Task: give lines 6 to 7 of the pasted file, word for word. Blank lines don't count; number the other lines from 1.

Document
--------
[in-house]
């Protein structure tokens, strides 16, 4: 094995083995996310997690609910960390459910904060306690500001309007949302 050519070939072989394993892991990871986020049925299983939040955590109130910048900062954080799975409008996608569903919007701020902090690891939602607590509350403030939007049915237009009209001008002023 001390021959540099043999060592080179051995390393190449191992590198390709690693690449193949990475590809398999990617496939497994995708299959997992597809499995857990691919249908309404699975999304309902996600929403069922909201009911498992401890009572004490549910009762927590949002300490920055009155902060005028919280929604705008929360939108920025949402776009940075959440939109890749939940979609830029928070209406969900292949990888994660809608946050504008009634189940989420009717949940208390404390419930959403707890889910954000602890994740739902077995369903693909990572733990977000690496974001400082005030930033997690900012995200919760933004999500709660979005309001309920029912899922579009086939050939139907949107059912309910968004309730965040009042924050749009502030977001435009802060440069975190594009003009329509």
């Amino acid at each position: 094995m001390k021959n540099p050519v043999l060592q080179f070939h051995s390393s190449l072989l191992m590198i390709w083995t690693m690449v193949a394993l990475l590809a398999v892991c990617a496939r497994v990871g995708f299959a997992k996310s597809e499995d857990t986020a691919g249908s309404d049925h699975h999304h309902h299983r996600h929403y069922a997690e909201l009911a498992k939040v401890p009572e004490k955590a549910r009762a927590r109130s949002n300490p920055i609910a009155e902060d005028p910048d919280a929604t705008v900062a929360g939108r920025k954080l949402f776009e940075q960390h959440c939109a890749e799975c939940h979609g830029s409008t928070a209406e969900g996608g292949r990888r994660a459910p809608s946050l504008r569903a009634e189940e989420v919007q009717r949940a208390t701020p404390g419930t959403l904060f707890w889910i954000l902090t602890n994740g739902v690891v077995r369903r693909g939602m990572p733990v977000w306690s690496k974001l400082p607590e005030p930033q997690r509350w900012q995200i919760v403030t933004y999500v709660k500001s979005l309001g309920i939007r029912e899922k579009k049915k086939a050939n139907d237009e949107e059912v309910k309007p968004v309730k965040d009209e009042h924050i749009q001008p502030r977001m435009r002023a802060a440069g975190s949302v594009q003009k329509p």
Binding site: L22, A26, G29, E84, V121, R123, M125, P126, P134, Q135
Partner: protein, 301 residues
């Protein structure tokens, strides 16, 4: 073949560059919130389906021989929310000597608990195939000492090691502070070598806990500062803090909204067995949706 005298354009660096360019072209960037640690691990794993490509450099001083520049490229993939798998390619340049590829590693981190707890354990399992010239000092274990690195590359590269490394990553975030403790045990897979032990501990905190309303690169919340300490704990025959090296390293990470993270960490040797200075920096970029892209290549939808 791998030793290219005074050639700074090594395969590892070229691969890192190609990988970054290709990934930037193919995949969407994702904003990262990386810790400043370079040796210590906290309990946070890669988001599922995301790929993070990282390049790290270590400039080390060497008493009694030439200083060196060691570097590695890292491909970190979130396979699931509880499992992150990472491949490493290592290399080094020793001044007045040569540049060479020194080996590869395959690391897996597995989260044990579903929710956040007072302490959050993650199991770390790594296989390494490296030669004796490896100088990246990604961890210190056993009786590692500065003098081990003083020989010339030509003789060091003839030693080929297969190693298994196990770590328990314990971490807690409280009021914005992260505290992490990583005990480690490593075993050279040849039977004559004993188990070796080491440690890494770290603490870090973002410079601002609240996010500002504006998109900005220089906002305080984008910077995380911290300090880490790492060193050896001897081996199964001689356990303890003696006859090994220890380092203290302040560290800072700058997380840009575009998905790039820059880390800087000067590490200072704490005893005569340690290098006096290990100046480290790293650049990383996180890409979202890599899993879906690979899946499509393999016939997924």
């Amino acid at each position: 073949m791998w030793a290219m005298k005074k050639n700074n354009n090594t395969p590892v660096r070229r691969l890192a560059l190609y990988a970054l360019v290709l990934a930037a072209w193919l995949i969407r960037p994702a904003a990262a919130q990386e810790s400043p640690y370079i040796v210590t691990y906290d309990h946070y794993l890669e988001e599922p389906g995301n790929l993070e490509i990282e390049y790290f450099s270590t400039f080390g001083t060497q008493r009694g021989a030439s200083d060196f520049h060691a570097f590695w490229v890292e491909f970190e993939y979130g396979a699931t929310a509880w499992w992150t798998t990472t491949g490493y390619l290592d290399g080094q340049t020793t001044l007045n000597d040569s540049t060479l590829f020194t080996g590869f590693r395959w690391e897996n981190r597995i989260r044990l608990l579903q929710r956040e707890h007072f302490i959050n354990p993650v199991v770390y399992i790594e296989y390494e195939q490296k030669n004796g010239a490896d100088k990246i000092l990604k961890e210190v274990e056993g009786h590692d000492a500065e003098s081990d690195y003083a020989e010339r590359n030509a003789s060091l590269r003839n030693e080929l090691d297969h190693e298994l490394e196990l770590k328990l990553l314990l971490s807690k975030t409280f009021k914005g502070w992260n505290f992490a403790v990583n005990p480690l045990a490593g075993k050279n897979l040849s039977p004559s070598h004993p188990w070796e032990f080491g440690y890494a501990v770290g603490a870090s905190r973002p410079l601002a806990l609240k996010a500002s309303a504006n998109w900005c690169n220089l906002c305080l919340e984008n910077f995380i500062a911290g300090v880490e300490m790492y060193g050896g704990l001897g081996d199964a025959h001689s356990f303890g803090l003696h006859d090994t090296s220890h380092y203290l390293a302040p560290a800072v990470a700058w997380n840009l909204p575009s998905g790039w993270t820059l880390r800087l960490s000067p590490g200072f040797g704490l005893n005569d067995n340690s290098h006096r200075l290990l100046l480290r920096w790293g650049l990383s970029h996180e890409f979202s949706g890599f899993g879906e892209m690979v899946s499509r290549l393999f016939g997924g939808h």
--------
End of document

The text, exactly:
């Protein structure tokens, strides 16, 4: 073949560059919130389906021989929310000597608990195939000492090691502070070598806990500062803090909204067995949706 005298354009660096360019072209960037640690691990794993490509450099001083520049490229993939798998390619340049590829590693981190707890354990399992010239000092274990690195590359590269490394990553975030403790045990897979032990501990905190309303690169919340300490704990025959090296390293990470993270960490040797200075920096970029892209290549939808 791998030793290219005074050639700074090594395969590892070229691969890192190609990988970054290709990934930037193919995949969407994702904003990262990386810790400043370079040796210590906290309990946070890669988001599922995301790929993070990282390049790290270590400039080390060497008493009694030439200083060196060691570097590695890292491909970190979130396979699931509880499992992150990472491949490493290592290399080094020793001044007045040569540049060479020194080996590869395959690391897996597995989260044990579903929710956040007072302490959050993650199991770390790594296989390494490296030669004796490896100088990246990604961890210190056993009786590692500065003098081990003083020989010339030509003789060091003839030693080929297969190693298994196990770590328990314990971490807690409280009021914005992260505290992490990583005990480690490593075993050279040849039977004559004993188990070796080491440690890494770290603490870090973002410079601002609240996010500002504006998109900005220089906002305080984008910077995380911290300090880490790492060193050896001897081996199964001689356990303890003696006859090994220890380092203290302040560290800072700058997380840009575009998905790039820059880390800087000067590490200072704490005893005569340690290098006096290990100046480290790293650049990383996180890409979202890599899993879906690979899946499509393999016939997924």
């Amino acid at each position: 073949m791998w030793a290219m005298k005074k050639n700074n354009n090594t395969p590892v660096r070229r691969l890192a560059l190609y990988a970054l360019v290709l990934a930037a072209w193919l995949i969407r960037p994702a904003a990262a919130q990386e810790s400043p640690y370079i040796v210590t691990y906290d309990h946070y794993l890669e988001e599922p389906g995301n790929l993070e490509i990282e390049y790290f450099s270590t400039f080390g001083t060497q008493r009694g021989a030439s200083d060196f520049h060691a570097f590695w490229v890292e491909f970190e993939y979130g396979a699931t929310a509880w499992w992150t798998t990472t491949g490493y390619l290592d290399g080094q340049t020793t001044l007045n000597d040569s540049t060479l590829f020194t080996g590869f590693r395959w690391e897996n981190r597995i989260r044990l608990l579903q929710r956040e707890h007072f302490i959050n354990p993650v199991v770390y399992i790594e296989y390494e195939q490296k030669n004796g010239a490896d100088k990246i000092l990604k961890e210190v274990e056993g009786h590692d000492a500065e003098s081990d690195y003083a020989e010339r590359n030509a003789s060091l590269r003839n030693e080929l090691d297969h190693e298994l490394e196990l770590k328990l990553l314990l971490s807690k975030t409280f009021k914005g502070w992260n505290f992490a403790v990583n005990p480690l045990a490593g075993k050279n897979l040849s039977p004559s070598h004993p188990w070796e032990f080491g440690y890494a501990v770290g603490a870090s905190r973002p410079l601002a806990l609240k996010a500002s309303a504006n998109w900005c690169n220089l906002c305080l919340e984008n910077f995380i500062a911290g300090v880490e300490m790492y060193g050896g704990l001897g081996d199964a025959h001689s356990f303890g803090l003696h006859d090994t090296s220890h380092y203290l390293a302040p560290a800072v990470a700058w997380n840009l909204p575009s998905g790039w993270t820059l880390r800087l960490s000067p590490g200072f040797g704490l005893n005569d067995n340690s290098h006096r200075l290990l100046l480290r920096w790293g650049l990383s970029h996180e890409f979202s949706g890599f899993g879906e892209m690979v899946s499509r290549l393999f016939g997924g939808h």